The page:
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Teachers today are being asked to focus on data-driven instruction and using analytics to inform their teaching and planning. But what, exactly, do these terms mean, and how can classroom teachers effectively use data to impact student learning?
Simply put, data-driven instruction is “instruction that is guided by, and responsive to, information (data) we have about our students… usually obtained through tests…and teacher observations” (excerpt from Dr. Joseph K. Torgesen’s power point from the 2006 Principal’s Leadership Conference)
By using data, teachers can analyze “the numbers” in order to tailor instruction to meet individual needs. Typically, this data comes from standardized tests (such as state testing, IQ tests, etc.), attendance data, district-wide assessments, discipline data, and more. But in a class of 20-plus students with one teacher (sometimes two), how can this realistically work? Below are a few suggestions for teachers who want to transition into a more personalized instructional approach:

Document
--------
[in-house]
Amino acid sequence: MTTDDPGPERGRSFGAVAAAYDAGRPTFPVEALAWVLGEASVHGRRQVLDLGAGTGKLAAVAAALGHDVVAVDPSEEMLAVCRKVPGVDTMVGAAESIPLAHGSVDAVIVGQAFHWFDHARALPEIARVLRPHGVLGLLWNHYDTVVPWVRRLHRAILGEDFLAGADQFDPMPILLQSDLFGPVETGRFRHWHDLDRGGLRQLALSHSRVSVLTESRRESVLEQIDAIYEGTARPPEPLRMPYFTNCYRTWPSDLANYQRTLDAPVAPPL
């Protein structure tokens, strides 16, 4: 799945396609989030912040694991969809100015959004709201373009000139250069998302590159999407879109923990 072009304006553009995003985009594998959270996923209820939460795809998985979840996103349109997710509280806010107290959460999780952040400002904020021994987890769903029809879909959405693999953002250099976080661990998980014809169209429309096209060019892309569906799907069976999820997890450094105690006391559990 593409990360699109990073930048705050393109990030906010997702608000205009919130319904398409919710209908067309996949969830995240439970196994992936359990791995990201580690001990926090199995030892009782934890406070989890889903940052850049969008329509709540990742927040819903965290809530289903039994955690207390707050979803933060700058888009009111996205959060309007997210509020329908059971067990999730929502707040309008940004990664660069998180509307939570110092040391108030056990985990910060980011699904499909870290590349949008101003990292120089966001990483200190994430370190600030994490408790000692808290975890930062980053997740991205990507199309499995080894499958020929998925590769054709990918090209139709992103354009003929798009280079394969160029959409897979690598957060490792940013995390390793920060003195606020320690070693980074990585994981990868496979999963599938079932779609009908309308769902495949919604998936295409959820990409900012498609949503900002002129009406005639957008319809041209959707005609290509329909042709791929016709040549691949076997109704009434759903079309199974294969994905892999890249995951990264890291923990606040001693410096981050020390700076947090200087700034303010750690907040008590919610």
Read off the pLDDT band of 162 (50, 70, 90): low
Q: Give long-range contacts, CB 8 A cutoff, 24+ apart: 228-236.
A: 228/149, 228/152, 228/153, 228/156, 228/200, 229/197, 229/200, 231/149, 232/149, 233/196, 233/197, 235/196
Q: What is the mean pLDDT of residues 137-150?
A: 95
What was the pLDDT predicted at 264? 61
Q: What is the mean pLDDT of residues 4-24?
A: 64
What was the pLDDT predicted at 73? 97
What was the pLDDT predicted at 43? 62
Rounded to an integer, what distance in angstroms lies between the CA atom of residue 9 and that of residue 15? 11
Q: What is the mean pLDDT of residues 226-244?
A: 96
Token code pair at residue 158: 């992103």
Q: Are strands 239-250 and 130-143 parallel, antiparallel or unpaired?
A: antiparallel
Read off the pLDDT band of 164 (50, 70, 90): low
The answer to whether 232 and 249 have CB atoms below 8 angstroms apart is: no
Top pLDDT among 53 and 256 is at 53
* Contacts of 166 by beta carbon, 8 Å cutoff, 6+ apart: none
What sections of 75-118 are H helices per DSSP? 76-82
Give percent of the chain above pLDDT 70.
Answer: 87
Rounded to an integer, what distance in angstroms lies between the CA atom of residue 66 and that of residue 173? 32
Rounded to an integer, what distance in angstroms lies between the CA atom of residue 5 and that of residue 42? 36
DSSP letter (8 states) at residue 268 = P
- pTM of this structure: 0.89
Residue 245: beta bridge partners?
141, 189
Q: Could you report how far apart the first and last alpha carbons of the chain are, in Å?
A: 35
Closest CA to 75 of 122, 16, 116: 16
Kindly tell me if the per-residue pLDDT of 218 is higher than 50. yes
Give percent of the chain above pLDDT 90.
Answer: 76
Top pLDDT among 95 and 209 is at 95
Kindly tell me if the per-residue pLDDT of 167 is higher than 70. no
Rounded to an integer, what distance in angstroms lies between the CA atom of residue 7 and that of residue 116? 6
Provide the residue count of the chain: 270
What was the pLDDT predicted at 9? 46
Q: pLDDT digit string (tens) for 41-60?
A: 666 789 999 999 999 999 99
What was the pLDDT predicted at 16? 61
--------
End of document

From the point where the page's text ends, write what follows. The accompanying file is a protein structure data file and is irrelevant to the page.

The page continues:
If you can develop a routine that frees you up to host individual conferences with students, this provides you with the perfect time to individualize your delivery to meet a child’s needs. In English Language Arts, for example, teachers may wish to conference with students during writing time or independent reading: conferencing one-on-one during these times makes sense, as the other students are engaged in a meaningful activity (instead of mere busywork). Conferencing allows you to touch base with students and tailor your conversations in a way that targets each child’s unique needs.
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